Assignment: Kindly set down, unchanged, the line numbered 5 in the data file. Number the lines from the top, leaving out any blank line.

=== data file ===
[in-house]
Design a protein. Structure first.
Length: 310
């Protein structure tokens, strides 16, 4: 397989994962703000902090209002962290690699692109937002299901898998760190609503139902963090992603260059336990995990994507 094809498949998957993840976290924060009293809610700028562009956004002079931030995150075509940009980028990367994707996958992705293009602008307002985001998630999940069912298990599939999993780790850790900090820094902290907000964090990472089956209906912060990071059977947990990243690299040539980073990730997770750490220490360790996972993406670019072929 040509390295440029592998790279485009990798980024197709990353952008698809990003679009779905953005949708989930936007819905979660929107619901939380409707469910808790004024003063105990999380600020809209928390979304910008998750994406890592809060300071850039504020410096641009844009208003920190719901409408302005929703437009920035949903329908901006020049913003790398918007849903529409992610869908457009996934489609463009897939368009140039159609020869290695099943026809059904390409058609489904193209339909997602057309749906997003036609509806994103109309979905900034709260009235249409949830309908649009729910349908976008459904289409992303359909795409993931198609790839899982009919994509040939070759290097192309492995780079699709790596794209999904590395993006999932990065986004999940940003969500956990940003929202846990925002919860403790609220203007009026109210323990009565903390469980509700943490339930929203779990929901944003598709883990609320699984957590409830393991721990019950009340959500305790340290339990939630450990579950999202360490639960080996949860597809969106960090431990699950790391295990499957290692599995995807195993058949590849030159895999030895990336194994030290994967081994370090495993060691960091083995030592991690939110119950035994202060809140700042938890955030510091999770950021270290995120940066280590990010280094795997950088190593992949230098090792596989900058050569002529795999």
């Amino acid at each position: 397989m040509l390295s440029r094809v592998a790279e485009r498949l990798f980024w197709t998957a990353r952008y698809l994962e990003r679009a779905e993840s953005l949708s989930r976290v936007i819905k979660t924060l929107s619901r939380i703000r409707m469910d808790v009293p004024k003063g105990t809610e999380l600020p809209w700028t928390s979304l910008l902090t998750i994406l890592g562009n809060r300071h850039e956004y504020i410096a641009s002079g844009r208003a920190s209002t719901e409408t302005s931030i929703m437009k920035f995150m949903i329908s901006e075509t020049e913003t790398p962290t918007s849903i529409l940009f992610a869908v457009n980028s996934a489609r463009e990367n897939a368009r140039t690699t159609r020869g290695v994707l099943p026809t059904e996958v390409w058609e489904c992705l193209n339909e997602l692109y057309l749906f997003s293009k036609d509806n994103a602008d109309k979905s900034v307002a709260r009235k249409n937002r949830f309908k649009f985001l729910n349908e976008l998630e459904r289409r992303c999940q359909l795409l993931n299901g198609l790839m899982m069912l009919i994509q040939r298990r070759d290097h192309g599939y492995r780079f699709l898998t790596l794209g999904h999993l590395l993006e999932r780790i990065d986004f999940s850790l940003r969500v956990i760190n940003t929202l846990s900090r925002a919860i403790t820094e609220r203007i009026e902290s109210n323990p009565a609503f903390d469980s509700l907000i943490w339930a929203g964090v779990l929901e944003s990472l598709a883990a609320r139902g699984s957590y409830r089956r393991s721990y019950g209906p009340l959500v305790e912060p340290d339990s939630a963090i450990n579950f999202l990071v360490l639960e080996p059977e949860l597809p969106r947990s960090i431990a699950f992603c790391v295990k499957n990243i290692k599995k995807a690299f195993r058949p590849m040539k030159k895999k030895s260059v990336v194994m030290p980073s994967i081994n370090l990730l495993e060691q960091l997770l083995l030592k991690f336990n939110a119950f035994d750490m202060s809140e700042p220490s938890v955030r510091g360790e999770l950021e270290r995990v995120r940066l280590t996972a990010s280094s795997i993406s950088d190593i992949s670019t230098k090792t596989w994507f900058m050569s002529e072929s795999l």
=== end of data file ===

């Amino acid at each position: 397989m040509l390295s440029r094809v592998a790279e485009r498949l990798f980024w197709t998957a990353r952008y698809l994962e990003r679009a779905e993840s953005l949708s989930r976290v936007i819905k979660t924060l929107s619901r939380i703000r409707m469910d808790v009293p004024k003063g105990t809610e999380l600020p809209w700028t928390s979304l910008l902090t998750i994406l890592g562009n809060r300071h850039e956004y504020i410096a641009s002079g844009r208003a920190s209002t719901e409408t302005s931030i929703m437009k920035f995150m949903i329908s901006e075509t020049e913003t790398p962290t918007s849903i529409l940009f992610a869908v457009n980028s996934a489609r463009e990367n897939a368009r140039t690699t159609r020869g290695v994707l099943p026809t059904e996958v390409w058609e489904c992705l193209n339909e997602l692109y057309l749906f997003s293009k036609d509806n994103a602008d109309k979905s900034v307002a709260r009235k249409n937002r949830f309908k649009f985001l729910n349908e976008l998630e459904r289409r992303c999940q359909l795409l993931n299901g198609l790839m899982m069912l009919i994509q040939r298990r070759d290097h192309g599939y492995r780079f699709l898998t790596l794209g999904h999993l590395l993006e999932r780790i990065d986004f999940s850790l940003r969500v956990i760190n940003t929202l846990s900090r925002a919860i403790t820094e609220r203007i009026e902290s109210n323990p009565a609503f903390d469980s509700l907000i943490w339930a929203g964090v779990l929901e944003s990472l598709a883990a609320r139902g699984s957590y409830r089956r393991s721990y019950g209906p009340l959500v305790e912060p340290d339990s939630a963090i450990n579950f999202l990071v360490l639960e080996p059977e949860l597809p969106r947990s960090i431990a699950f992603c790391v295990k499957n990243i290692k599995k995807a690299f195993r058949p590849m040539k030159k895999k030895s260059v990336v194994m030290p980073s994967i081994n370090l990730l495993e060691q960091l997770l083995l030592k991690f336990n939110a119950f035994d750490m202060s809140e700042p220490s938890v955030r510091g360790e999770l950021e270290r995990v995120r940066l280590t996972a990010s280094s795997i993406s950088d190593i992949s670019t230098k090792t596989w994507f900058m050569s002529e072929s795999l």